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The story goes that Franco on his deathbed in 1975 hears the noise of a crowd outside and asks what it is. And is told:

"The people of Spain have come to say goodbye"

Franco replies:

"Why? Are they going somewhere?"

According to various sources the other speaker is an aide1, his daughter2, his wife3 one of his ministers4, and his doctor5. Such carelessness in the details is often a sign that a story is apocryphal. Is it too good to be true?

3 Christie File. Part 3, 1967-1975
4 Spanish Hours by Simon Courtauld and Elisabeth Luard (18 Jul 1996)
5 The Bulletin, Volume 97 J. Haynes and J.F. Archibald, 1975

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@bhau: Your link is broken. –  Pieter Geerkens Jul 25 '13 at 22:40
@Pieter Geerkens: –  fortytwo Jul 25 '13 at 23:41
Comical, but trivial. –  Tyler Durden Dec 9 '14 at 18:54
@TylerDurden - I've heard the joke before attributed to Franco. He wasn't exactly noted for his great sense of humor, so personally I think its worth knowing if he really said it or not. –  T.E.D. Sep 11 at 15:32

2 Answers 2

Seems unlikely as in the last phase of his life he went from operation to operation and was in a coma for the last three weeks. His family decided to take him off life support and he died. So he wasn't able to speak at all. Tyler Durden is right, this is a trivia question with no real historical relevance nor importance.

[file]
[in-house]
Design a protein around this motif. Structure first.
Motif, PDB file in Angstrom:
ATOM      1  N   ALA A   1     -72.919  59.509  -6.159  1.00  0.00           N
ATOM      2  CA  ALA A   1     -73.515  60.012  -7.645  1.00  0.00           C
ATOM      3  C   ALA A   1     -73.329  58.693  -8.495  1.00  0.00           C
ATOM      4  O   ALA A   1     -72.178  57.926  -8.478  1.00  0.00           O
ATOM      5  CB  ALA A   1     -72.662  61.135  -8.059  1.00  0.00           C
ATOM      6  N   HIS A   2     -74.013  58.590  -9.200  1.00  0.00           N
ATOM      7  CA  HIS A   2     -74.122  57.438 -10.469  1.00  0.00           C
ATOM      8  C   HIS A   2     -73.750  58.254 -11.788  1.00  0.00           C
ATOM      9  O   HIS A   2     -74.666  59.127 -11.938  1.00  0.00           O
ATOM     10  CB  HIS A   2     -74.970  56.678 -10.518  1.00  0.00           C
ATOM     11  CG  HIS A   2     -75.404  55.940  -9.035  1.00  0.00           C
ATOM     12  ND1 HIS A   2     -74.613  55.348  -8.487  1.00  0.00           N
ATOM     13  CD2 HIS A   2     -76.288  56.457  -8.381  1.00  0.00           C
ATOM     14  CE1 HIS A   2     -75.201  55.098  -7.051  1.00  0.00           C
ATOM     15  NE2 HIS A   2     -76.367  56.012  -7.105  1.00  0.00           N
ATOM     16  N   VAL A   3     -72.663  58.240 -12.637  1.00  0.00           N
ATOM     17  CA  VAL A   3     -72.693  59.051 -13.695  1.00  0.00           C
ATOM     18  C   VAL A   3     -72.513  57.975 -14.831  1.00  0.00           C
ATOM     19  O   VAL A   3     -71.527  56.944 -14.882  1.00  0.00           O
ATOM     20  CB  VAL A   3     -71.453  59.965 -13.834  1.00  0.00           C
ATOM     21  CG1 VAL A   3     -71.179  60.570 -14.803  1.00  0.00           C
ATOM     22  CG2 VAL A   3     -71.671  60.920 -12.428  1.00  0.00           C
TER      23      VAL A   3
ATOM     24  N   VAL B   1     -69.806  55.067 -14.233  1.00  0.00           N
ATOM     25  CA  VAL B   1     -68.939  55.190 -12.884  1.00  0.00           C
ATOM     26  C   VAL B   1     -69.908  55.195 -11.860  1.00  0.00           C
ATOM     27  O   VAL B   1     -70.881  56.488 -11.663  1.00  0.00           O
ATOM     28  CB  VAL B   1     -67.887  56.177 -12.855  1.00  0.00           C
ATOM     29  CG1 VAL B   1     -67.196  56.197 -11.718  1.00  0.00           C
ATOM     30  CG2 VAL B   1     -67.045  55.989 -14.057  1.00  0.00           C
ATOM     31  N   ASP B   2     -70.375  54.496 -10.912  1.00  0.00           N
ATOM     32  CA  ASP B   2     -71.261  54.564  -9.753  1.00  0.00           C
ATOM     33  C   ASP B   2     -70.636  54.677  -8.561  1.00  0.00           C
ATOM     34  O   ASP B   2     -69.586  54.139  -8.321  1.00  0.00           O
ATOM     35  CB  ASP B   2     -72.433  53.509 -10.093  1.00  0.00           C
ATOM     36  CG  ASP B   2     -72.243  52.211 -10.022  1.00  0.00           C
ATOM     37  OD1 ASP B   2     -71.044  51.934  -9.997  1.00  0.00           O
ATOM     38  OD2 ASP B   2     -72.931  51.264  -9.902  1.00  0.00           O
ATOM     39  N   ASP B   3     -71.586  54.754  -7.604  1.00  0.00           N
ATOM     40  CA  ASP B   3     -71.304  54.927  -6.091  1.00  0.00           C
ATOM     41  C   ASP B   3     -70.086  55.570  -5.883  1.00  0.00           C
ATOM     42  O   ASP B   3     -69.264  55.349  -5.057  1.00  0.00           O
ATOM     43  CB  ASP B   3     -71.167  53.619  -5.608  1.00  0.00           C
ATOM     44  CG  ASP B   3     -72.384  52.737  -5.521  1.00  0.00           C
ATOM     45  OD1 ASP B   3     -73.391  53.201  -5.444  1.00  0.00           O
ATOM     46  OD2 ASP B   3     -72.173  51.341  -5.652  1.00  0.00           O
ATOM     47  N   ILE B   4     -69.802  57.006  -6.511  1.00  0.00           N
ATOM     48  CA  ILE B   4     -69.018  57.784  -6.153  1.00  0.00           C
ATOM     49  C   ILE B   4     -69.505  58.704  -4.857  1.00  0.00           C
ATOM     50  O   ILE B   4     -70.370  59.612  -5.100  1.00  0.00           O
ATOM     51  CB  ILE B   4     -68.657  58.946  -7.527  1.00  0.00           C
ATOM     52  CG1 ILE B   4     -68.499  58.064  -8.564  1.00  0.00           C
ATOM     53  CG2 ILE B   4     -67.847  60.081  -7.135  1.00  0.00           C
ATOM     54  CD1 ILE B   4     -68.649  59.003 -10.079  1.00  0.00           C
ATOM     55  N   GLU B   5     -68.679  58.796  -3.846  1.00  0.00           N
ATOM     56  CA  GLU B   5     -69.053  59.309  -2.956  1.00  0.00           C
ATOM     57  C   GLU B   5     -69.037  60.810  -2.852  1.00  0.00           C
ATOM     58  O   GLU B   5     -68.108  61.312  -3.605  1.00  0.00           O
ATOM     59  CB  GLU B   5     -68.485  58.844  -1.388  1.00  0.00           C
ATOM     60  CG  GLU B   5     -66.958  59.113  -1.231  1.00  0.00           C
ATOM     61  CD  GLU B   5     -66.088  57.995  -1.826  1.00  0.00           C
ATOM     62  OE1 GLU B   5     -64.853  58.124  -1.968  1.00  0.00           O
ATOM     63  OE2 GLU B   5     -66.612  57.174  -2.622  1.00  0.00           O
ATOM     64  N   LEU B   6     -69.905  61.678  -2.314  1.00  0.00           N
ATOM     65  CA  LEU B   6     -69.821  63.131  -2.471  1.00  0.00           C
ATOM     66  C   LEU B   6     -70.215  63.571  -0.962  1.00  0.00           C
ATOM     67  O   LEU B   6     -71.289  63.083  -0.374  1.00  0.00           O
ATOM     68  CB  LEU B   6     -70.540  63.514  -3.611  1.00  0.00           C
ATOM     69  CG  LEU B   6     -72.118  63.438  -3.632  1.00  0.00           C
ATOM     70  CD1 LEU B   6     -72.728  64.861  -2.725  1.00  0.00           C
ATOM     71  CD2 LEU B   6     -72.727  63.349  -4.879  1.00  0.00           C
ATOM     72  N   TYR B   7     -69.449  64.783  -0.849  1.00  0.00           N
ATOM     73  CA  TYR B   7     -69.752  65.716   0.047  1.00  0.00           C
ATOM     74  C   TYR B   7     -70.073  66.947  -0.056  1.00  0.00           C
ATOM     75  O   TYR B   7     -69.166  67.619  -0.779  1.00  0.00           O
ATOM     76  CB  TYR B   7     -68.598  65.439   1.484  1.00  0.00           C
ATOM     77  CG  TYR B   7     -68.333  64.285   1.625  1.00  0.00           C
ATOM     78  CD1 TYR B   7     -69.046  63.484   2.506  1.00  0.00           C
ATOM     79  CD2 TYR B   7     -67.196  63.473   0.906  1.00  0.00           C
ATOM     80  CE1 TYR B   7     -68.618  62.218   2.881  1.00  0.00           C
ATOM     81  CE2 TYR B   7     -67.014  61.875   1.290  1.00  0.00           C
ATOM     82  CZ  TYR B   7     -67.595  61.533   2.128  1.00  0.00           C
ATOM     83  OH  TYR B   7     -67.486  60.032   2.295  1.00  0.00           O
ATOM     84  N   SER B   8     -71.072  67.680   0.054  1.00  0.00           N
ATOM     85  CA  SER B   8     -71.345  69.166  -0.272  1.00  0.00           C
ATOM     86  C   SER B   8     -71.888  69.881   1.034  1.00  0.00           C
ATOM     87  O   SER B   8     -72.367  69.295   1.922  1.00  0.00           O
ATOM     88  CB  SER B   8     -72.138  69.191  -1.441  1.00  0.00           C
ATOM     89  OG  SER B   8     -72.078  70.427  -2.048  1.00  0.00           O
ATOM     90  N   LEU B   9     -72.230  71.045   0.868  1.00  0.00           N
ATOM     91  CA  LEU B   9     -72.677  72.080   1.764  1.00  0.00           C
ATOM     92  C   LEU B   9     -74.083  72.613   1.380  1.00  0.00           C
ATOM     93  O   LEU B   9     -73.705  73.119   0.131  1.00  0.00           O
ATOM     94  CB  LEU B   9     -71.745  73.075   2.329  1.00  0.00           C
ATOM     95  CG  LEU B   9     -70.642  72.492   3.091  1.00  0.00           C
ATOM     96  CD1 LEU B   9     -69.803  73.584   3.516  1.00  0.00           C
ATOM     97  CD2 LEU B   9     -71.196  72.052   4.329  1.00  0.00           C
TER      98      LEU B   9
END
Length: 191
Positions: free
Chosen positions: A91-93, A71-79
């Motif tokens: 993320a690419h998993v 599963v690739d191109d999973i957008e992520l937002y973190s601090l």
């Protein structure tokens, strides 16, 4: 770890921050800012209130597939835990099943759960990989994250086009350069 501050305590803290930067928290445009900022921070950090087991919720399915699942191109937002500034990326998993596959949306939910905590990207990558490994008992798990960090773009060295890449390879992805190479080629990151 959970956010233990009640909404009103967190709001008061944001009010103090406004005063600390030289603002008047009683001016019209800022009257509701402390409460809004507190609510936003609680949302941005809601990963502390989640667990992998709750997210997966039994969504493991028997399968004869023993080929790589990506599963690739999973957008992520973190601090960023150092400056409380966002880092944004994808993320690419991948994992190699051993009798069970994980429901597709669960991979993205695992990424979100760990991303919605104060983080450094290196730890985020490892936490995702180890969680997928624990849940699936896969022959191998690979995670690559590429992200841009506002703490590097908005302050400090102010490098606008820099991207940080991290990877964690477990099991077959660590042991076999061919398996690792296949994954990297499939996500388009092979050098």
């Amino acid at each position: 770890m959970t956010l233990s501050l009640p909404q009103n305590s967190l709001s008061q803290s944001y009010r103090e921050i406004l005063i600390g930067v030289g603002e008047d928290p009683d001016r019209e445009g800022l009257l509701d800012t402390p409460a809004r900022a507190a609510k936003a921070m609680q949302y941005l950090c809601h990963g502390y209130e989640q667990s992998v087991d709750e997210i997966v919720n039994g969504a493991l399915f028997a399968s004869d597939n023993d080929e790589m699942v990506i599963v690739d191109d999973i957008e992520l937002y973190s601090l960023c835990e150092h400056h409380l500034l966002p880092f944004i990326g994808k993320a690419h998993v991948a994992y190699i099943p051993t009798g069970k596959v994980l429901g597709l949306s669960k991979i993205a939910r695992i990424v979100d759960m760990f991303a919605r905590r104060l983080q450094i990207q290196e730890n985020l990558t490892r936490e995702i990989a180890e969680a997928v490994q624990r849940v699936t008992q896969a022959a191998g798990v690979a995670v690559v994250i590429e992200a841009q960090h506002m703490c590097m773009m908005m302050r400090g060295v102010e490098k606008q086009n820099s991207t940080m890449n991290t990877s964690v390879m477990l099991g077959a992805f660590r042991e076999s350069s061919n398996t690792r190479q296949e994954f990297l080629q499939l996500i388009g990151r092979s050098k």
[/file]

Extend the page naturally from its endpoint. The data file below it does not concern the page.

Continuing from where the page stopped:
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The only contemporaneous statements I can find about Franco's deathbed statements are that he asked forgiveness from his enemies. Given that, I'm inclined to believe it is probably made up.

I have heard the joke before. My best guess is that it (in addition to the obvious) was a joke playing on how long he lingered before death. He'd had health problems bad enough that his heir had to take over leadership a year earlier, and then a year later it happened again. Eventually he fell into a coma, and was in that state for over a month before the machines were disconnected.

The relevant bit here is that this lingering condition caused him to be a prominent item in the news (at least in the US) for what seemed to many an inordinate length of time. A similar running joke on Saturday Night Live after this point was Chevy Chase as a news anchor saying, "This just in... General Francisco Franco is still dead."

Franco lingered near death for weeks before dying. On slow news days, United States network television newscasters sometimes noted that Franco was still alive, or not yet dead. The imminent death of Franco was a headline story on the NBC news for a number of weeks prior to his death on November 20, 1975.

So my guess would be that this was most likely a joke thought up by somebody in the US.

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